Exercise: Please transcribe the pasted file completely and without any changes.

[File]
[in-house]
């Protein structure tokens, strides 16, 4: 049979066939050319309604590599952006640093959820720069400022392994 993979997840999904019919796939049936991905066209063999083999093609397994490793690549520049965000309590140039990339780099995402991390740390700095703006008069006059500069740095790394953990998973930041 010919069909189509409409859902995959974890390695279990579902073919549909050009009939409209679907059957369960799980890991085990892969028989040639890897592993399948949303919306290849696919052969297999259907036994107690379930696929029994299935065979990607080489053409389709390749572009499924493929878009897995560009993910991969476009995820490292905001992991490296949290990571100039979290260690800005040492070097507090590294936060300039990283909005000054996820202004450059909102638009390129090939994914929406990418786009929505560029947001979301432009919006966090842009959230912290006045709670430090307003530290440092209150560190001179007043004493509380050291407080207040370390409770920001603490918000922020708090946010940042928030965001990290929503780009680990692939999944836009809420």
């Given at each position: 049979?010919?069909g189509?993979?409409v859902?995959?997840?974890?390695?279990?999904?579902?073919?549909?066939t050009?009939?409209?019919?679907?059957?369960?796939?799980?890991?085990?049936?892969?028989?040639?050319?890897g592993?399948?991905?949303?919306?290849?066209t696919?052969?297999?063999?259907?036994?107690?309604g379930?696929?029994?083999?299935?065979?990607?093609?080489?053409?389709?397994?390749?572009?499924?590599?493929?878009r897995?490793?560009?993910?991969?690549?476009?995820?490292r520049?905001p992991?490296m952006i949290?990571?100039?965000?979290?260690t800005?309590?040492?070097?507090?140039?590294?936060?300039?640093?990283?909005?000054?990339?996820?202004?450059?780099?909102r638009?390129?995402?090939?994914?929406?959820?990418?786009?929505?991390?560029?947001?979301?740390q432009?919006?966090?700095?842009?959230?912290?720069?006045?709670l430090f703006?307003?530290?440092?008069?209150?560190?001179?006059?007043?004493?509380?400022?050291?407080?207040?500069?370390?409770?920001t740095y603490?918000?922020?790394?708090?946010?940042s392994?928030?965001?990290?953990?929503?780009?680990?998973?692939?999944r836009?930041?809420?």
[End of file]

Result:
[in-house]
């Protein structure tokens, strides 16, 4: 049979066939050319309604590599952006640093959820720069400022392994 993979997840999904019919796939049936991905066209063999083999093609397994490793690549520049965000309590140039990339780099995402991390740390700095703006008069006059500069740095790394953990998973930041 010919069909189509409409859902995959974890390695279990579902073919549909050009009939409209679907059957369960799980890991085990892969028989040639890897592993399948949303919306290849696919052969297999259907036994107690379930696929029994299935065979990607080489053409389709390749572009499924493929878009897995560009993910991969476009995820490292905001992991490296949290990571100039979290260690800005040492070097507090590294936060300039990283909005000054996820202004450059909102638009390129090939994914929406990418786009929505560029947001979301432009919006966090842009959230912290006045709670430090307003530290440092209150560190001179007043004493509380050291407080207040370390409770920001603490918000922020708090946010940042928030965001990290929503780009680990692939999944836009809420």
């Given at each position: 049979?010919?069909g189509?993979?409409v859902?995959?997840?974890?390695?279990?999904?579902?073919?549909?066939t050009?009939?409209?019919?679907?059957?369960?796939?799980?890991?085990?049936?892969?028989?040639?050319?890897g592993?399948?991905?949303?919306?290849?066209t696919?052969?297999?063999?259907?036994?107690?309604g379930?696929?029994?083999?299935?065979?990607?093609?080489?053409?389709?397994?390749?572009?499924?590599?493929?878009r897995?490793?560009?993910?991969?690549?476009?995820?490292r520049?905001p992991?490296m952006i949290?990571?100039?965000?979290?260690t800005?309590?040492?070097?507090?140039?590294?936060?300039?640093?990283?909005?000054?990339?996820?202004?450059?780099?909102r638009?390129?995402?090939?994914?929406?959820?990418?786009?929505?991390?560029?947001?979301?740390q432009?919006?966090?700095?842009?959230?912290?720069?006045?709670l430090f703006?307003?530290?440092?008069?209150?560190?001179?006059?007043?004493?509380?400022?050291?407080?207040?500069?370390?409770?920001t740095y603490?918000?922020?790394?708090?946010?940042s392994?928030?965001?990290?953990?929503?780009?680990?998973?692939?999944r836009?930041?809420?």